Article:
The Future of Offshore Wind in New England is Bright

Amanda Yanchury

On a beautiful, brisk, and windy fall day last week, director of ocean conservation Dr. Priscilla Brooks embarked upon a cruise out to the Block Island wind farm for a close-up view of our nation’s first offshore wind farm.

The 13-mile ride was bumpy, but well worth it, Brooks said. Standing some 560 feet high, with a 490-foot wingspan (that’s more than twice the size of a Boeing 747’s wingspan), each GE Haliade turbine is massive in size and symbolism, signifying a turning point toward New England’s renewable energy future.

The turbines are expected to be turned on next month and will produce electricity to power 17,000 homes. Built by developer Deepwater Wind, the Block Island wind farm is monumental as the first-ever offshore wind farm in the United States. And it definitely won’t be the last: Deepwater Wind has additional plans for a larger farm within the same leasing area, called Deepwater One, which will be built in phases and could eventually generate enough power to serve New England and Long Island.

Block Island Wind

Vice president and director of ocean conservation Dr. Priscilla Brooks toured the Block Island wind farm last week ahead of next month’s “flipping of the switch” of the five-turbine wind farm.

New York Community Trust, Rockefeller Brothers Fund, the John Merck Fund, Mertz Gilmore Foundation, and Mitsubishi Corporation Foundation for the Americas hosted last week’s boat tour. Representatives from Deepwater Wind and GE Renewable Energy also attended the tour, describing the construction of the wind farm and GE’s state-of-the-art power generation technology.

During the trip, engineers could be seen working high up within the structures, conducting testing in preparation for “flipping the switch” that will make the wind farm fully operational within weeks.

Conservation Law Foundation has been involved in the development of the Block Island Wind Farm for many years, promoting local engagement and environmental consideration in the use of the Rhode Island SAMP – the state’s ocean plan – and as an advocate for the endangered North Atlantic right whale during the project’s pre-construction activities. And now, as the first-in-the-nation Northeast Regional Ocean Plan is set for approval, the Block Island Wind Farm will serve as a “how-to guide” for agencies, developers, the military, and others seeking to implement this new ocean management tool.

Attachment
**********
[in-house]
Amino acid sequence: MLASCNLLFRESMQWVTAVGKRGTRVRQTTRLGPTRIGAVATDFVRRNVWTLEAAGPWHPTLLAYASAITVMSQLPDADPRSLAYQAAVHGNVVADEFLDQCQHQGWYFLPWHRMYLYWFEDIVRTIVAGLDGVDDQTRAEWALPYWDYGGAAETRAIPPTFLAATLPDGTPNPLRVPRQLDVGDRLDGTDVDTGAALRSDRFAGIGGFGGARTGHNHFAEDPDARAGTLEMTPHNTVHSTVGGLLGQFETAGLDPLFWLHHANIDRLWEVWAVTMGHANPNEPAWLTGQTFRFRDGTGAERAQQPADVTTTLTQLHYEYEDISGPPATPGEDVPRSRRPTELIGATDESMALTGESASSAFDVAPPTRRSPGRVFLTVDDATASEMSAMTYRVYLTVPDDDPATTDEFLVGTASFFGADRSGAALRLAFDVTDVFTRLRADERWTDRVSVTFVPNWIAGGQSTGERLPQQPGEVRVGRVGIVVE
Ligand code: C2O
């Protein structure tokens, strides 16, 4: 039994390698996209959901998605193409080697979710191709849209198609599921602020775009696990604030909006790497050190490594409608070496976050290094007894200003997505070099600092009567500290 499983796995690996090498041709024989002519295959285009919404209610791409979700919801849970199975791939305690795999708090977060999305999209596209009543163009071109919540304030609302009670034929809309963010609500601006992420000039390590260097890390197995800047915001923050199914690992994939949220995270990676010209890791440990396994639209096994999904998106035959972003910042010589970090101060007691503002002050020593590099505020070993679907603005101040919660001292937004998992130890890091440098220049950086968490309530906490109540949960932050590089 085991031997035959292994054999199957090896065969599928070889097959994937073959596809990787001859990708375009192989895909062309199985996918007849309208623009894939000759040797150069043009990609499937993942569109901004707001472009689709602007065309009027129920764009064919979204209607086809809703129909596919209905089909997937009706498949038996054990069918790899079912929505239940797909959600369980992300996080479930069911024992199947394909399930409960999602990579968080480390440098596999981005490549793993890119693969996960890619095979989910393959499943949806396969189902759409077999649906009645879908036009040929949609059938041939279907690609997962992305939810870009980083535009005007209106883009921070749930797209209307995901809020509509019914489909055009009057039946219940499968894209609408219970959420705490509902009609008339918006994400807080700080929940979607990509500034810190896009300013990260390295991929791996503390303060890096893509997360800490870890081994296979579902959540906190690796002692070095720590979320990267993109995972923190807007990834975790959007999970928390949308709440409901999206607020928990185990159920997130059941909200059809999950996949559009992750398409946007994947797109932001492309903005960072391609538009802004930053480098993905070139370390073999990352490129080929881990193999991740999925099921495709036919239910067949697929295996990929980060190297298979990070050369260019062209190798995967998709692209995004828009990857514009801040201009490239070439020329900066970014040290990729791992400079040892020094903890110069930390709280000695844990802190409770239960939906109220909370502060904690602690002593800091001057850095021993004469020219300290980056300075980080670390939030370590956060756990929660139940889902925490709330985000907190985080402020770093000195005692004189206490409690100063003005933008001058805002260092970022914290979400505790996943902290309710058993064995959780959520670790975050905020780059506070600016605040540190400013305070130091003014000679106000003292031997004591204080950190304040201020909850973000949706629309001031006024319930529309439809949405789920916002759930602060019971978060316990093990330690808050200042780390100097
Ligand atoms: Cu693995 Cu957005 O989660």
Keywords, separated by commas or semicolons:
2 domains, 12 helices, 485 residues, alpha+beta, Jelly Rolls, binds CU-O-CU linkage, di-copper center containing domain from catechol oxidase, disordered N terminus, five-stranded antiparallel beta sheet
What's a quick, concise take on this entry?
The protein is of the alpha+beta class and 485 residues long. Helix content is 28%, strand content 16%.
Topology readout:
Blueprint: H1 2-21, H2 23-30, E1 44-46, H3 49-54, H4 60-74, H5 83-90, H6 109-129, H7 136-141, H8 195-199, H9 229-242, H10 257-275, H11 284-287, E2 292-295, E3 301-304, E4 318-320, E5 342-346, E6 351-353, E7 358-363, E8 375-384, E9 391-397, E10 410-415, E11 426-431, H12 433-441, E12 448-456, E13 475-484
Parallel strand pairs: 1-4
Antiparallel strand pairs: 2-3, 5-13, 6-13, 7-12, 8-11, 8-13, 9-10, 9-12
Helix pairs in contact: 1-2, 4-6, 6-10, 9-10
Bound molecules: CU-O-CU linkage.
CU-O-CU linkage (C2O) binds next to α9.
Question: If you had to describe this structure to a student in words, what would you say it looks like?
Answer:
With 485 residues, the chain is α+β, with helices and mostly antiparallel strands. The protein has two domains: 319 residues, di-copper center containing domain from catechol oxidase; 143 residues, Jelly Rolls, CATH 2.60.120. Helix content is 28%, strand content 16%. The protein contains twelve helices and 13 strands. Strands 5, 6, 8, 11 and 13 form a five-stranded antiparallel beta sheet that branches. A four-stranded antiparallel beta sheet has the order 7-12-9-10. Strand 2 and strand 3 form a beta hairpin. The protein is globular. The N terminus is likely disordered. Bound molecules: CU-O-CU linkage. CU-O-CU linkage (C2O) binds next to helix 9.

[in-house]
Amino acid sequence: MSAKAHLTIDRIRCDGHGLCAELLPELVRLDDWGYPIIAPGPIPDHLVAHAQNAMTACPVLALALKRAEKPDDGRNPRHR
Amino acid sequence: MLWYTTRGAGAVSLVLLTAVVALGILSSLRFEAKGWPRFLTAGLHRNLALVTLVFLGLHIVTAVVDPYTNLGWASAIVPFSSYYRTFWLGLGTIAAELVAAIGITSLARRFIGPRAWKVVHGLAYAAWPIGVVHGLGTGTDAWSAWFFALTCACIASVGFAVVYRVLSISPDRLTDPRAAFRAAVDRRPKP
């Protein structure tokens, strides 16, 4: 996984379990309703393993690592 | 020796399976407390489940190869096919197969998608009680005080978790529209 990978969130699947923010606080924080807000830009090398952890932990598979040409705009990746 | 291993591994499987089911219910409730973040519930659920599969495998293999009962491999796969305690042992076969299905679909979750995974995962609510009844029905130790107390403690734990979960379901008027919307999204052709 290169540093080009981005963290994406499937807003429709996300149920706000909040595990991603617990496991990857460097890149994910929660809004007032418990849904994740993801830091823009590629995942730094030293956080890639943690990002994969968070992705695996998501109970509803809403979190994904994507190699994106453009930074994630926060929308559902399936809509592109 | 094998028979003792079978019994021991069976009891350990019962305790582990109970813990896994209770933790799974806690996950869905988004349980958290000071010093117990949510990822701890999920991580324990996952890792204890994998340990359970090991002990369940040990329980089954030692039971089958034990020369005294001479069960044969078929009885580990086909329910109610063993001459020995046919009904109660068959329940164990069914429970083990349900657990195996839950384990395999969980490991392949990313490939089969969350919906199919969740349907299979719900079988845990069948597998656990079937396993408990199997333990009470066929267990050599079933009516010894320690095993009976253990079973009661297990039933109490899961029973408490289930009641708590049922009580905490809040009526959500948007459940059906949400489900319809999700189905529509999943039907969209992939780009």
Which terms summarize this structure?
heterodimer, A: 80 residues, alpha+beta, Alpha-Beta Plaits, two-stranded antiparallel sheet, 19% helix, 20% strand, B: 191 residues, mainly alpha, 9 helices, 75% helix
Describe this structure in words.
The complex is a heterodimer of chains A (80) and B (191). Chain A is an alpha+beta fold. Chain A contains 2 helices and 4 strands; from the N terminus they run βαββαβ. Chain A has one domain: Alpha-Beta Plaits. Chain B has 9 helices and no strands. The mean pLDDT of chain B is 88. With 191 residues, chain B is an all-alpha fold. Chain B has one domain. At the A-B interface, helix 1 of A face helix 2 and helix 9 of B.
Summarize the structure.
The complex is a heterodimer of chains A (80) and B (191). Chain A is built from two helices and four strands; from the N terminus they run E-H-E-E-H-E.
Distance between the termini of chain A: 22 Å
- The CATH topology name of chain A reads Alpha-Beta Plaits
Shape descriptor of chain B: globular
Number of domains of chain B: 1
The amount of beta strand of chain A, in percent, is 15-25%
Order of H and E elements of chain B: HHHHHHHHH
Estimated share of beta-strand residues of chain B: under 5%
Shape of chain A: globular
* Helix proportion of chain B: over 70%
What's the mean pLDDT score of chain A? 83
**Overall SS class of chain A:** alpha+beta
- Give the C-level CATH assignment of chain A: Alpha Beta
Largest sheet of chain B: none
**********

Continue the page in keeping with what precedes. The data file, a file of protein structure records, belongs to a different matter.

Upcoming Blog Series

In the weeks ahead, we’ll dive deeper into the formation of the Deepwater Wind Block Island Wind farm, showcasing the steps taken to arrive at this history-making catalyst in New England’s clean energy future: We’ll see what it took to lay the groundwork for offshore wind in Rhode Island, beginning with a legislative mandate that was written by CLF; take a look at the role of ocean planning and bringing stakeholders together in the siting of the wind farm; hear from a local Block Island resident; and learn about CLF’s role in the future of offshore wind for New England.

Offshore wind energy in America is just beginning. When built with proper consideration of the marine life, communities, and other ocean resources in mind, offshore wind energy has the potential to change the game entirely in our quest to rely less and less on fossil fuels and more on clean, renewable energy.

The future is windy – which is to say the future is bright for New England’s renewable energy economy, environment, and for all of us.

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